2. Diet for Pregnant women (Ukutya kokhulelweyo): When a woman is pregnant, the type of food she eats plays a vital role as she is no longer eating for herself only, but for her baby’s nourishment as well. Having a balanced healthy diet is beneficial as her body goes through many changes that require lots of energy. A balanced diet also assists her with unpleasant pregnancy-related issues like morning sickness, the possibility of miscarriage, and avoiding congenital disabilities on her baby. Eating a good nutritious diet with well-cooked vegetables and cleaned/ peeled fruit is needed during this time. Even though many pregnant women go through unusual food cravings during this time, some of the food cravings are perceived to be harmful to the unborn baby. They need to be avoided during this time as they may put the unborn baby’s health at risk or be born with some defects. Some of the food that the Xhosa recommended to avoid during this time are as follows;

    1. Chicken feet (Amanqina enkukhu): There is a belief that if the pregnant woman eats these during her pregnancy, she may give birth to a baby with many fingers or toes. Therefore, a pregnant woman in the Xhosa culture is forbidden to eat amanqina during her pregnancy.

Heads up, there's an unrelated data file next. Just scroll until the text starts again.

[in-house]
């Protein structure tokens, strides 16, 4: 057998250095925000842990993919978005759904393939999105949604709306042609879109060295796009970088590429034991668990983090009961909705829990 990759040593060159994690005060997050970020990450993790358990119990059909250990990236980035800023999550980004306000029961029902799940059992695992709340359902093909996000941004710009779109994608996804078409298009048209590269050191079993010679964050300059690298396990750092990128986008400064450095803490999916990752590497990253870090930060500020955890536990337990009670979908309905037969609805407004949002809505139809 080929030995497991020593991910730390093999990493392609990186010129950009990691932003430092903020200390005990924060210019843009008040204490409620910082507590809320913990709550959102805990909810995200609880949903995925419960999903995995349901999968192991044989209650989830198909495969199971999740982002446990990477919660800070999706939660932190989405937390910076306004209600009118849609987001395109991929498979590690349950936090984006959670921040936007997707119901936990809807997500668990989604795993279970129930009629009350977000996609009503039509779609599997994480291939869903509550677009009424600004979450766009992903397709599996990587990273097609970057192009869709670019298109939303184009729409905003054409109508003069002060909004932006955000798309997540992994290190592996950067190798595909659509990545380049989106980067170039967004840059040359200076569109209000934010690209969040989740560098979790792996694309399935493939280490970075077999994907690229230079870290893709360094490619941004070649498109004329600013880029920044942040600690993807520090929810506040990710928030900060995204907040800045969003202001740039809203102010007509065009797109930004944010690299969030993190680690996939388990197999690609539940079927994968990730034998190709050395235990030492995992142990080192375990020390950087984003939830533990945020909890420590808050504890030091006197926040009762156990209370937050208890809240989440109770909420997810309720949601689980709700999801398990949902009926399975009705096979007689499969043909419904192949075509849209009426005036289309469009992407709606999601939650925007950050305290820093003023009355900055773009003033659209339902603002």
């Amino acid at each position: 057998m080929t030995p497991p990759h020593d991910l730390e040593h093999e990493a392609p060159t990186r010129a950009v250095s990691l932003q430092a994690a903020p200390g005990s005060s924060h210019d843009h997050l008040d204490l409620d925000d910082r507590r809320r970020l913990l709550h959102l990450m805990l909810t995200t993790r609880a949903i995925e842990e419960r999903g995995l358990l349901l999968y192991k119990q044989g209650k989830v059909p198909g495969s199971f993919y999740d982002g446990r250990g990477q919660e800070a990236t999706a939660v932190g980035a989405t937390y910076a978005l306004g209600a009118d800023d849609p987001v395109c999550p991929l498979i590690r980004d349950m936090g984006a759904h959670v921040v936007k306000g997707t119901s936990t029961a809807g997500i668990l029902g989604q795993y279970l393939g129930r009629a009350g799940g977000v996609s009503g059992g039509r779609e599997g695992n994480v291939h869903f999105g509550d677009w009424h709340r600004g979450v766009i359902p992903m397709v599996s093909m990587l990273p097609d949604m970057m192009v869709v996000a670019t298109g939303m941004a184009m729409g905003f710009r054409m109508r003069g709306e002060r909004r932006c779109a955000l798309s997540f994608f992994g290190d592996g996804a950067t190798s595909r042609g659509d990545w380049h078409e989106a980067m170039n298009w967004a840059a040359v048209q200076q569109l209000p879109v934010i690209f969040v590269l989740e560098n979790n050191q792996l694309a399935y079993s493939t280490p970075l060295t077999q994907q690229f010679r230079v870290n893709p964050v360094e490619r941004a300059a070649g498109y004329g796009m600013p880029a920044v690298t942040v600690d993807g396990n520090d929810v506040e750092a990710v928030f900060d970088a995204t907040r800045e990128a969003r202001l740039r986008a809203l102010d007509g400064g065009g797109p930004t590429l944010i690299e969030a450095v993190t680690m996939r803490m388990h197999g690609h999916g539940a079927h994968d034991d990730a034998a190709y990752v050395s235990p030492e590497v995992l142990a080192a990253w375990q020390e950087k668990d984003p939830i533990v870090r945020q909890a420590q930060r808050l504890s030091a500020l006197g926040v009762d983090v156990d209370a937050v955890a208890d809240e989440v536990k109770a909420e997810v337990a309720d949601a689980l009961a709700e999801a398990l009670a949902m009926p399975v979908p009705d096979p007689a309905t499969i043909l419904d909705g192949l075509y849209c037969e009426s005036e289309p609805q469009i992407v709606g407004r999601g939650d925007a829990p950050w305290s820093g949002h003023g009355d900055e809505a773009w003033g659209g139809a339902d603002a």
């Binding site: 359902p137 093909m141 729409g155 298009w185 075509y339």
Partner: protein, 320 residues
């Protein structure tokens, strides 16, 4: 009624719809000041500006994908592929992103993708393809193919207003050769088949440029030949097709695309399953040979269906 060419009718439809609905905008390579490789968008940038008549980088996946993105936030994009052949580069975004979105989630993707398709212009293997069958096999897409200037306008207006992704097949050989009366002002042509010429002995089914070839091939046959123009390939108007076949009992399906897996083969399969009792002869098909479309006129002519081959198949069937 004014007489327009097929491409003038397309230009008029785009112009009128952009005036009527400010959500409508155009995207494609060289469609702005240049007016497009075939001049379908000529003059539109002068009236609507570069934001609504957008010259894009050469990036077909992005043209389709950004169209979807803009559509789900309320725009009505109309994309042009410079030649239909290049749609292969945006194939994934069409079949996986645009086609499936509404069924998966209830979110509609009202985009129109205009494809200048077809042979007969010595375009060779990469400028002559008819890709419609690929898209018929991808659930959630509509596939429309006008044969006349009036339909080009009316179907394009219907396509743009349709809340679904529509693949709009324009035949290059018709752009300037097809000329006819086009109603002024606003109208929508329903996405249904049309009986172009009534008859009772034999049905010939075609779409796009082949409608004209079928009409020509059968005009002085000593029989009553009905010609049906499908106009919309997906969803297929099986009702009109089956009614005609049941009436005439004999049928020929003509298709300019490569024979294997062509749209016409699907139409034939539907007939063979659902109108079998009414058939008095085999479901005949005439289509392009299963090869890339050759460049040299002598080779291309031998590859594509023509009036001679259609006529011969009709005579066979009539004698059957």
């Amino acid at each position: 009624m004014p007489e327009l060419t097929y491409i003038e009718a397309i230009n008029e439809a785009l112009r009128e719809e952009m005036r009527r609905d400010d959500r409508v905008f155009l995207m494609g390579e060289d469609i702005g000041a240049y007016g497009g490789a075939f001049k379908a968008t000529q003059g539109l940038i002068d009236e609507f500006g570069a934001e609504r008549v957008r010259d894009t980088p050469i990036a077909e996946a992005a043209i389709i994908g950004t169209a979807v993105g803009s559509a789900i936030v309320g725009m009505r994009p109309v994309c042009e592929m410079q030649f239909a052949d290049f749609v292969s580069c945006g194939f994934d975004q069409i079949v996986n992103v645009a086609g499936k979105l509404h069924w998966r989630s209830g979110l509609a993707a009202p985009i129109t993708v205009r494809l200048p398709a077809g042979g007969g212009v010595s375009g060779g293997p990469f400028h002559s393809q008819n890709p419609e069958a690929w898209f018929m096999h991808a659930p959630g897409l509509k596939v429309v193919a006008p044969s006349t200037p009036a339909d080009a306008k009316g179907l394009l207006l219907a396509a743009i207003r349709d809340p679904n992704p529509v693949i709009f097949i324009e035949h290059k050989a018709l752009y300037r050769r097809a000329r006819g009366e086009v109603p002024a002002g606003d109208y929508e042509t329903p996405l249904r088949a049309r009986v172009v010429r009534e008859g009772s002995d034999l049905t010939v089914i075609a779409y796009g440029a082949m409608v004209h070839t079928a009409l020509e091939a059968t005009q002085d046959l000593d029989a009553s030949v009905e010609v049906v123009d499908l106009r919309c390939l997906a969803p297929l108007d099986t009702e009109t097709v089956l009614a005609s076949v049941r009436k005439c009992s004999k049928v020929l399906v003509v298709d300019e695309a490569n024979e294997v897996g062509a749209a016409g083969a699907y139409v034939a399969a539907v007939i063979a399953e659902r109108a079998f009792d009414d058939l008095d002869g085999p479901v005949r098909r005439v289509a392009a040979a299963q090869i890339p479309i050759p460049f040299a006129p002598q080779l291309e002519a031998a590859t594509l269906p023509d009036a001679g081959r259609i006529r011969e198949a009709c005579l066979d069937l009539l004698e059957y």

2. Fermented porridge made mixed with mealie-meal and flour (Amarhewu): A pregnant woman is not allowed to drink this beverage as it is is believed to cause breathing difficulties and speech development problems to the baby.
    3. Pineapple and honey (Ipayinapile nobusi ): Although they have diseases-fighting antioxidants, are a rich source of vitamin C, and boost the immune system, a pregnant woman is prohibited from consuming them as it is believed to cause rash and cracked skin (eczema) to the baby. 
    4. Isibindi (Liver): Regardless of any cravings that a pregnant woman may have, she is not allowed to eat this for fear of a miscarriage.
  3. Ukubeleka (Delivery): When a woman is approaching the delivery of her baby, some precautionary measures are taken to ensure that she delivers without any complications. In the last month of her pregnancy, the elder woman monitoring her pregnancy keeps a closer look at her, monitoring any minor signs of labour like contractions or breaking of the water (placenta). Three more older women must be present when she gives birth, including her mother. Men are prohibited from entering the house where the woman will give birth in fear that they may bring in  “bad luck and spirits” and bacteria from outside as they usually travel to many places for work and socializing. They are considered “dirty.”